London’s Roundhouse began life as a humble train shed with a turntable that was used to put trains in the right direction on the right track had outlived its original purpose by the late 1950s. Through the ‘60s and ‘70s it became one of the premiere venues for live music in the world hosting acts that included The Who, Jimi Hendrix, The Rolling Stones, The Sex Pistols, The Clash, Genesis and Blondie and so many more. It was also home to experimental performances that included works by Warhol and rock theater spectacles like Godspell and Oh! Calcutta! But like so many iconic venues it fell into disrepair in the 1980s and ‘90s. Recently reborn and now the host to not only top current music artists and shows, it also is home to the Roundhouse Young Creatives Project nurturing the arts for a new generation. With this history, it’s not surprising then that MINI chose to unveil their Vision Next 100 concept vehicle in this incredibly creative space.

Like the Rolls-Royce and BMW Vision Next 100 cars, this is an exercise in predicting and creating the world 25 years into the future. As it rolled silently onto the stage powered by its zero emissions electric drivetrain, the Mini Next (what I’m calling the concept from now on to save me all those keystrokes) looked every bit the part. With its full glass front end and intriguing technology, this Mini is not of this age, but the lines and details pay homage to Minis of every era. Starting with the profile, the Mini Next is definitely an evolution of the current Mini design, a two-door square back coupe with the wheels pushed way out to each corner. Because this is a concept, Mini designers made several assumptions about technology, social trends and laws governing autos in the future.

One is that in the future, autonomous technologies will make accidents a thing of the past. Thus Mini was able to do away with a lot of the crash safety features built into current cars like bumpers, crumple zone and airbags. The most obvious feature of the concept its glass front end which provides an unrestricted view of the road ahead. This also makes driving without pants a thing of the past, but that’s another story! The transparent front quickly becomes overshadowed when the car’s subbed silver skin transforms chameleon-like based on the driver’s preferences and moods. This is the first overt symbol of one of the key elements of the Mini team’s vision of the future, that’s based on the concept of car sharing and carries that trend to its ultimate conclusion.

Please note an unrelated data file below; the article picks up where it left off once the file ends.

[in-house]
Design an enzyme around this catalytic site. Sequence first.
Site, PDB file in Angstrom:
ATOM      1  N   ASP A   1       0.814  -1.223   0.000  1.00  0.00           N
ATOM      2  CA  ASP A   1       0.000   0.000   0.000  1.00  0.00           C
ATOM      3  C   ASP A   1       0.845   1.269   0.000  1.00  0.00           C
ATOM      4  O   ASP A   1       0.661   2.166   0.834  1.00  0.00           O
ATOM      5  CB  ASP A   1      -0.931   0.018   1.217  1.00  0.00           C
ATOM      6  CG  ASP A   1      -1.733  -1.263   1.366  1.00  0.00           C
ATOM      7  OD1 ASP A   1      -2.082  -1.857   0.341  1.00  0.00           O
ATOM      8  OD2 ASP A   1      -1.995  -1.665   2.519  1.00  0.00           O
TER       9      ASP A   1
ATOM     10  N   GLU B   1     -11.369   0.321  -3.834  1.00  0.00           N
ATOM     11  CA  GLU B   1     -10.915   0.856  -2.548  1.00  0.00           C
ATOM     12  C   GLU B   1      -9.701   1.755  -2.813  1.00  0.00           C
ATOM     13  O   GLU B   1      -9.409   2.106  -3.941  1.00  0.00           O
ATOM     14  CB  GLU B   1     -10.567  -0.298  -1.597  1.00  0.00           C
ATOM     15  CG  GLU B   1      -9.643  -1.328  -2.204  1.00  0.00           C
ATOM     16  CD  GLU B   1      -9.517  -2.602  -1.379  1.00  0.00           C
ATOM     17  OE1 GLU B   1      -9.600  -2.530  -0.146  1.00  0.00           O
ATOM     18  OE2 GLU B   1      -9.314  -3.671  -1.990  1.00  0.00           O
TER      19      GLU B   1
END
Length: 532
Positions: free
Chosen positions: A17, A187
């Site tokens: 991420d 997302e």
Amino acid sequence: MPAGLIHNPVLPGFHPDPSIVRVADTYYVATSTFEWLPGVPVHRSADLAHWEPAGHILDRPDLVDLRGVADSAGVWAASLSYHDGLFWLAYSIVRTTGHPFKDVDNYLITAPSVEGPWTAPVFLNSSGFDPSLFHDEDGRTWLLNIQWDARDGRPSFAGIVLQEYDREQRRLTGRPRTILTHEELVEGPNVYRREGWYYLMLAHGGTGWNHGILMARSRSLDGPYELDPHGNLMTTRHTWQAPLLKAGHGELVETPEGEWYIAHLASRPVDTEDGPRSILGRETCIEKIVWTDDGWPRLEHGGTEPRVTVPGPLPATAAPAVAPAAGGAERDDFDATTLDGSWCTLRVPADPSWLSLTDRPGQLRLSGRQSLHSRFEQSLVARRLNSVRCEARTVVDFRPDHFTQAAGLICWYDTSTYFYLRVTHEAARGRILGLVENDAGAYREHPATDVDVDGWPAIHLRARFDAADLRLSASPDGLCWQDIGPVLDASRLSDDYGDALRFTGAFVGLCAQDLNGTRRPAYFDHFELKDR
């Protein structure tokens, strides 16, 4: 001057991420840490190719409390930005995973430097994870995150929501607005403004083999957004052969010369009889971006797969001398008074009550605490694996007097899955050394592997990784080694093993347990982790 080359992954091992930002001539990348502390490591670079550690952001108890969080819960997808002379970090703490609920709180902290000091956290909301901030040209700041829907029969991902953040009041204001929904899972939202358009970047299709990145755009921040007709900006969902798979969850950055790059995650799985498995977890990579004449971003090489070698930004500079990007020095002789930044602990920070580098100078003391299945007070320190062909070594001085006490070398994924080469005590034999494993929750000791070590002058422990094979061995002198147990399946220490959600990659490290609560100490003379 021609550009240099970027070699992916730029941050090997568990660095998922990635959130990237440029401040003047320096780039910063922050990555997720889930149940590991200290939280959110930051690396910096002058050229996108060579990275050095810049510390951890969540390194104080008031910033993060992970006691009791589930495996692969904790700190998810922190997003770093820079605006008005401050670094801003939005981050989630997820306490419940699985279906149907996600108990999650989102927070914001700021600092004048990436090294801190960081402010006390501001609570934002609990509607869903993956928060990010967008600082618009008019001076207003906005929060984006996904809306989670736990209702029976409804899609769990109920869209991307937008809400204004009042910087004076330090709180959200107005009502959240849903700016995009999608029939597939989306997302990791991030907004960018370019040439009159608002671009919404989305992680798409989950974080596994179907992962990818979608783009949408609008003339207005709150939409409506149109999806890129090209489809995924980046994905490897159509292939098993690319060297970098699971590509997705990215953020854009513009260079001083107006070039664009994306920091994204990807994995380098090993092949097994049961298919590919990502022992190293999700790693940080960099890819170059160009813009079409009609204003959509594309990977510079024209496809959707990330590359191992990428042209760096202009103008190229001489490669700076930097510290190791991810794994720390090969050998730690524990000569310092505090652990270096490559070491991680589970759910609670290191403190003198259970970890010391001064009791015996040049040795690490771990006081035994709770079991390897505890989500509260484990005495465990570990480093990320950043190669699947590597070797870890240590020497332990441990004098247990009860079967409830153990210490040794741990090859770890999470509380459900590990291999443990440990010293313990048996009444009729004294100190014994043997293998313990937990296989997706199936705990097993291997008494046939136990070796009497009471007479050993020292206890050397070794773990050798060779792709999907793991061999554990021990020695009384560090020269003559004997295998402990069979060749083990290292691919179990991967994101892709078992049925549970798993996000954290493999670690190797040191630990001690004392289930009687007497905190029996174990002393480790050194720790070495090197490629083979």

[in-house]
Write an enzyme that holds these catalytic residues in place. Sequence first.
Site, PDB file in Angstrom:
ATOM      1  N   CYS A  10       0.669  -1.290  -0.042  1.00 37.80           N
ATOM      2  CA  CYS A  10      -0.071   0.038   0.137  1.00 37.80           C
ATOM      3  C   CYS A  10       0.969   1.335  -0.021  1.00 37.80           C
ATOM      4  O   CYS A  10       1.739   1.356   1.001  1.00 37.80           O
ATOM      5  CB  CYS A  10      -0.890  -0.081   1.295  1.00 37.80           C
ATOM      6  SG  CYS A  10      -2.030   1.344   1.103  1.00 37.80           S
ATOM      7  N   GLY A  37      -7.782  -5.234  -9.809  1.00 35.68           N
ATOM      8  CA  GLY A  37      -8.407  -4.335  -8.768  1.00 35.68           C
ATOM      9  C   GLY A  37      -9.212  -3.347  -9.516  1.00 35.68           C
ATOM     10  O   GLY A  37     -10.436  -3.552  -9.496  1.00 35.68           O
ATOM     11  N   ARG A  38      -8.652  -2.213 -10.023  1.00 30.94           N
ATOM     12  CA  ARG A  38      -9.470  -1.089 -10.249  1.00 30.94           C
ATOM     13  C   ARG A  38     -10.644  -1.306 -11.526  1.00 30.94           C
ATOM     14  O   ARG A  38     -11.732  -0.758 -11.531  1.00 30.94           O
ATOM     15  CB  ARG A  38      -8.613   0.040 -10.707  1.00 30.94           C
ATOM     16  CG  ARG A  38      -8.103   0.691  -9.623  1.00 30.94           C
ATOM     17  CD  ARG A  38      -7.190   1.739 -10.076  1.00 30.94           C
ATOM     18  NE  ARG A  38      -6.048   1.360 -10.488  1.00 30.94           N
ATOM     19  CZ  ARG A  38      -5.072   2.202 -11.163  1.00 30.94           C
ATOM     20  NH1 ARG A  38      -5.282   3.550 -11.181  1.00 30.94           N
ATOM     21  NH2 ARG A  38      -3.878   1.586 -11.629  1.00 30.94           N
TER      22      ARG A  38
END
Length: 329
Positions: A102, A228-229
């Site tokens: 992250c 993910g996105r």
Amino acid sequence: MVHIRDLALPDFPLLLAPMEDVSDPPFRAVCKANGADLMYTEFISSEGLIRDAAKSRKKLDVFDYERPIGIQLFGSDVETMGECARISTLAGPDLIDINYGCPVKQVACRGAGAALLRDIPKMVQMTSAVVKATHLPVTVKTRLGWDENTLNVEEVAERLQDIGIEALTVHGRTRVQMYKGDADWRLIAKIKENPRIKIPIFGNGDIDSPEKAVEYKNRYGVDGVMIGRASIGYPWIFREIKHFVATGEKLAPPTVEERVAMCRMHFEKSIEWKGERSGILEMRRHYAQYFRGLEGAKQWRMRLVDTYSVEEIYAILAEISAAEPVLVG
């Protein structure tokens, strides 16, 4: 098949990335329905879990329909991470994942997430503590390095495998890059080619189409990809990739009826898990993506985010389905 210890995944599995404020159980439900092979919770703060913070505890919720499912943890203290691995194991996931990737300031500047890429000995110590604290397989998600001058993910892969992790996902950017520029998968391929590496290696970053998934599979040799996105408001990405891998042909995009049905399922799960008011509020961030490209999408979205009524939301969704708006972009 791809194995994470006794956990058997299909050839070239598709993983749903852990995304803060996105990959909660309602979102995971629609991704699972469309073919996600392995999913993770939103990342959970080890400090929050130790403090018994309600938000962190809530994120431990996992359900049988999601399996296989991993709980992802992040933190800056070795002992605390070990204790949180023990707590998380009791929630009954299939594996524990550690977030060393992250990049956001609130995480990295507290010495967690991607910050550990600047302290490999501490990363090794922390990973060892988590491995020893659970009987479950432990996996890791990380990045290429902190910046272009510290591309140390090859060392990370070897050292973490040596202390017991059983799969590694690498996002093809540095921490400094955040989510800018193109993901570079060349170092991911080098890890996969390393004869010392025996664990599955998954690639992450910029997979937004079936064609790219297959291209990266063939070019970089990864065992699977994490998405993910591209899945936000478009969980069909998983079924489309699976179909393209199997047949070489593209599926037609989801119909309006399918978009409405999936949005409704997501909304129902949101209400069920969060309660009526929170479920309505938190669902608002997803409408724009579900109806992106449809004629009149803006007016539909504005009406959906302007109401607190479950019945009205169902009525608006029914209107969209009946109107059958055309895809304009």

Calling it “Every Mini is my Mini” the idea is that you don’t actually own a Mini, but own the use of a MINI whenever you want it. Thanks to autonomous and connected technologies, you’ll be able to order up a Mini, anytime day or night and it will come to you set up just the way you like it, even welcome you by name if you so choose. Once the car arrives you can keep it in self-driving mode or take over and drive yourself. While not going into specific details on the mechanicals, Mini promises the go-kart like handling and spirited performance will still be at the heart of the driving experience.

Inside, the car features an open and organic look and feel. Because all the controls wirelessly communicate to the motors, brakes and steering mechanism, they can be slid to either side of the car, or centered when the car is in autonomous mode. The materials in the Mini Next concept are all highly durable materials since the cars will be shared and used more often than a private car in the present day. Recycled plastics and aluminum abound. The seats are covered in Alcantara, a synthetic suede and the cargo netting is made from lightweight basalt.

While there is no traditional instrument panel, the Mini Next features a new concept called the Cooperizer. Looking like a kaleidoscope mounted in front of the driver, the Cooperizer has rotary controls that allow the driver to select everything from drive mode to entertainment options, lighting, navigation, and even holds some surprises. Pressing the “Inspire Me” button on the Cooperizer checks the driver’s downloaded user data and engages the car’s artificial intelligence to recommend everything from a restaurant, show or exciting drive route on your way home.

It’s an interesting view of the future and an expression that presents some of the possibilities of how connected and autonomous technologies can transform driving. I wouldn’t be surprised if we start seeing more of the artificial intelligence and predictive modeling features in our cars in the very near future.